With continued success at Tokyo Verdy, Fehr eventually drew the attention of U.S. Soccer, who invited him to a U-17 training camp in August 2010. His impressive performance in tryouts and in an exhibition against Spain earned him a full-time spot in the Residency program where he emerged as a top defender during the 2011 cycle.

In February 2012, Fehr received his first experience with the U-20 side under head coach Tab Ramos. Barely 17 at the time and being, once again, the youngest member of the squad, Fehr did not feature in a lone scrimmage against FC Dallas reserves. Minus a single camp appearance in May for the U-18’s, he has not featured recently for the National Team.

Despite the setback, Fehr is confident that with consistent minutes, his time will come. “[After the February camp] Tab talked to me and said ‘you’re the youngest one here and we want to see your improvement in the upcoming months,’” Fehr said. “From there my agent talked to U.S. Soccer, who said I’m still in the plans. Hopefully before they get to the World Cup, I’ll get a chance to play with them again.”

In the meantime, Fehr believes the new look Timbers are primed to make some noise after a disappointing 2012 season. “I think the team is going to do great,” Fehr said. “There are a lot of good players. Caleb’s got it and right now the main focus is to possess the ball and he’s always keeps telling us that if we possess the ball we won’t lose the game. I think we can definitely make the playoffs if we do what we are doing right now.”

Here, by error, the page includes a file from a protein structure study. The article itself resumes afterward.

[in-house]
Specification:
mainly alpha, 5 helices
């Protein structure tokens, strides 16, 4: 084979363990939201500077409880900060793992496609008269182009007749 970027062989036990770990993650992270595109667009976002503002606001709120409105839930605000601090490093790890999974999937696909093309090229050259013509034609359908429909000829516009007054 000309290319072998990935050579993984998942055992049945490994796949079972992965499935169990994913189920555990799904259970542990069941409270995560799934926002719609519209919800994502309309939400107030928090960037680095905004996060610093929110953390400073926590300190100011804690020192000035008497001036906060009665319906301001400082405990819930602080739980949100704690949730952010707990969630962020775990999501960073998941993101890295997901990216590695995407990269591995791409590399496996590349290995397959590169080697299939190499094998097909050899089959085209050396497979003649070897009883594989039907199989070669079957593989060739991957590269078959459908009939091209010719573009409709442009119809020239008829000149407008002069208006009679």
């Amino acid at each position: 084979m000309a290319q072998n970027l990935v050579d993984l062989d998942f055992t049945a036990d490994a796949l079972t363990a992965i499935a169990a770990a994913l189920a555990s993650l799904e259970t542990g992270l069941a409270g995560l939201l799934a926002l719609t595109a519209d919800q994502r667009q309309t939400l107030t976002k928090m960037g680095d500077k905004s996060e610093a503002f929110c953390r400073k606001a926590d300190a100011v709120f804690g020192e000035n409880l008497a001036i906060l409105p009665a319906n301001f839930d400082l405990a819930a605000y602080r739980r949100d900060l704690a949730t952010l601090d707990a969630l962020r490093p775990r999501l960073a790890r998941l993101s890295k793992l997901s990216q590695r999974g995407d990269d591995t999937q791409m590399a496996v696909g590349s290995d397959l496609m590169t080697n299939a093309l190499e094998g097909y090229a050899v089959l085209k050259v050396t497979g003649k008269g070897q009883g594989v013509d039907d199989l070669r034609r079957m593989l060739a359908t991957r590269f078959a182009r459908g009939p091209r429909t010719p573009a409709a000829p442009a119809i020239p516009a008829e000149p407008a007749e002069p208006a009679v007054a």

His ambition does not end in MLS, however. As someone who “loves to hold the ball”, Fehr can easily see his game translating to Spain, the “country of possession,” where he hopes to play in the not-too-distant future. A professional contract in Europe has long been the dream for Fehr. He spoke of his desire to begin playing professionally during his World Cup run, but now believes that MLS is the best environment to begin the process. “When I was in the National Team, my goal was to play in Europe,” Fehr said. “I was one of the younger ones on the U-17’s, so it was really hard. I was 16 and I was way too young to go into a professional environment. Now I’m 18 and I really wanted to step into a professional environment. I just want to become a professional first and experience a lot before I head back to Europe.”

Eager to impress for both club and country, Fehr remains cognizant that his success, much like that of a striker, is wholly dependent on finishing your chances. “Going abroad by myself and being in a professional environment, gave me a lot of experience of how players are on the road,” Fehr says. “Now, I realized that, anywhere in the world, there’s not a big difference in players level-wise. You get a chance to prove it or you don’t. That’s the life of the soccer player, if you get a chance you have to do your best and take the opportunity.”

Josh Deaver is a former academic turned soccer obsessive. Follow him @USFootballGuy for daily updates and musings.